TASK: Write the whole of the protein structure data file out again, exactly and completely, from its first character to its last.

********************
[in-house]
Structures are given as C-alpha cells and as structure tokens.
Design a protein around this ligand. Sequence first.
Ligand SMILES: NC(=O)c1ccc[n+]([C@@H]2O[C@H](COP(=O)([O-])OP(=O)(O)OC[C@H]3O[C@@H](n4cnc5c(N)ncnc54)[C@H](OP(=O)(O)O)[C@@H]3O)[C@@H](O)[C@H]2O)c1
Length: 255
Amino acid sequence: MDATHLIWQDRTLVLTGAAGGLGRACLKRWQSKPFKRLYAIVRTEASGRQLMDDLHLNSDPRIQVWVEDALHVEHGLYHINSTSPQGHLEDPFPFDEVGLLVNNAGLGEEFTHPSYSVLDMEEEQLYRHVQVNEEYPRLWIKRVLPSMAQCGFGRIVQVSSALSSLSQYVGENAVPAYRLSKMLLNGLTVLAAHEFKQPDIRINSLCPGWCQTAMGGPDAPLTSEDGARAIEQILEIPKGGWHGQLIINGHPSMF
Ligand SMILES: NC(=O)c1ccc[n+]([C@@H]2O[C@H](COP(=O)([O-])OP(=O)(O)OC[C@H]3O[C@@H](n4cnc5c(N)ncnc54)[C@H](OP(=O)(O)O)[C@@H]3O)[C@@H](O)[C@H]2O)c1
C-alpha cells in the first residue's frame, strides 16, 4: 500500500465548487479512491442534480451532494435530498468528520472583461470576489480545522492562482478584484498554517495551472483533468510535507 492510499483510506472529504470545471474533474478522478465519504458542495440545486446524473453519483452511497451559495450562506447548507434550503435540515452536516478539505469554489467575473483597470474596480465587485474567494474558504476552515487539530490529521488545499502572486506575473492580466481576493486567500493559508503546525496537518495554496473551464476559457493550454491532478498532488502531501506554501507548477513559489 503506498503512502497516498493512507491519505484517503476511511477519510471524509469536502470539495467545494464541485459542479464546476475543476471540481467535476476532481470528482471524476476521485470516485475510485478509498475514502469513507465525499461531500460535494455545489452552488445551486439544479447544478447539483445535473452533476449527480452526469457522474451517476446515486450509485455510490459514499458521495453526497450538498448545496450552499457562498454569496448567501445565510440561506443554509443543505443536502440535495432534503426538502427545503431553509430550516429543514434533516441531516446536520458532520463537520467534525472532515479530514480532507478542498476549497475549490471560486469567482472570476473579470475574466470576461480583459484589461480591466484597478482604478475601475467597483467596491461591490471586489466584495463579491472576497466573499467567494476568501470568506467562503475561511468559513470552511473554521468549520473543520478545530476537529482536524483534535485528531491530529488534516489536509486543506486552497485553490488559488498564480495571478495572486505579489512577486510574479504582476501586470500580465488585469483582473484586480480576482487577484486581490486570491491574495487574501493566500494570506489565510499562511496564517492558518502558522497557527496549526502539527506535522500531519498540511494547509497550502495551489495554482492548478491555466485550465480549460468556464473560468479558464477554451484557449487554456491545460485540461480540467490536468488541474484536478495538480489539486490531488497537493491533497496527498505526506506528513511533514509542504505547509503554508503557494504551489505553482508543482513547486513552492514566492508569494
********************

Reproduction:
[in-house]
Structures are given as C-alpha cells and as structure tokens.
Design a protein around this ligand. Sequence first.
Ligand SMILES: NC(=O)c1ccc[n+]([C@@H]2O[C@H](COP(=O)([O-])OP(=O)(O)OC[C@H]3O[C@@H](n4cnc5c(N)ncnc54)[C@H](OP(=O)(O)O)[C@@H]3O)[C@@H](O)[C@H]2O)c1
Length: 255
Amino acid sequence: MDATHLIWQDRTLVLTGAAGGLGRACLKRWQSKPFKRLYAIVRTEASGRQLMDDLHLNSDPRIQVWVEDALHVEHGLYHINSTSPQGHLEDPFPFDEVGLLVNNAGLGEEFTHPSYSVLDMEEEQLYRHVQVNEEYPRLWIKRVLPSMAQCGFGRIVQVSSALSSLSQYVGENAVPAYRLSKMLLNGLTVLAAHEFKQPDIRINSLCPGWCQTAMGGPDAPLTSEDGARAIEQILEIPKGGWHGQLIINGHPSMF
Ligand SMILES: NC(=O)c1ccc[n+]([C@@H]2O[C@H](COP(=O)([O-])OP(=O)(O)OC[C@H]3O[C@@H](n4cnc5c(N)ncnc54)[C@H](OP(=O)(O)O)[C@@H]3O)[C@@H](O)[C@H]2O)c1
C-alpha cells in the first residue's frame, strides 16, 4: 500500500465548487479512491442534480451532494435530498468528520472583461470576489480545522492562482478584484498554517495551472483533468510535507 492510499483510506472529504470545471474533474478522478465519504458542495440545486446524473453519483452511497451559495450562506447548507434550503435540515452536516478539505469554489467575473483597470474596480465587485474567494474558504476552515487539530490529521488545499502572486506575473492580466481576493486567500493559508503546525496537518495554496473551464476559457493550454491532478498532488502531501506554501507548477513559489 503506498503512502497516498493512507491519505484517503476511511477519510471524509469536502470539495467545494464541485459542479464546476475543476471540481467535476476532481470528482471524476476521485470516485475510485478509498475514502469513507465525499461531500460535494455545489452552488445551486439544479447544478447539483445535473452533476449527480452526469457522474451517476446515486450509485455510490459514499458521495453526497450538498448545496450552499457562498454569496448567501445565510440561506443554509443543505443536502440535495432534503426538502427545503431553509430550516429543514434533516441531516446536520458532520463537520467534525472532515479530514480532507478542498476549497475549490471560486469567482472570476473579470475574466470576461480583459484589461480591466484597478482604478475601475467597483467596491461591490471586489466584495463579491472576497466573499467567494476568501470568506467562503475561511468559513470552511473554521468549520473543520478545530476537529482536524483534535485528531491530529488534516489536509486543506486552497485553490488559488498564480495571478495572486505579489512577486510574479504582476501586470500580465488585469483582473484586480480576482487577484486581490486570491491574495487574501493566500494570506489565510499562511496564517492558518502558522497557527496549526502539527506535522500531519498540511494547509497550502495551489495554482492548478491555466485550465480549460468556464473560468479558464477554451484557449487554456491545460485540461480540467490536468488541474484536478495538480489539486490531488497537493491533497496527498505526506506528513511533514509542504505547509503554508503557494504551489505553482508543482513547486513552492514566492508569494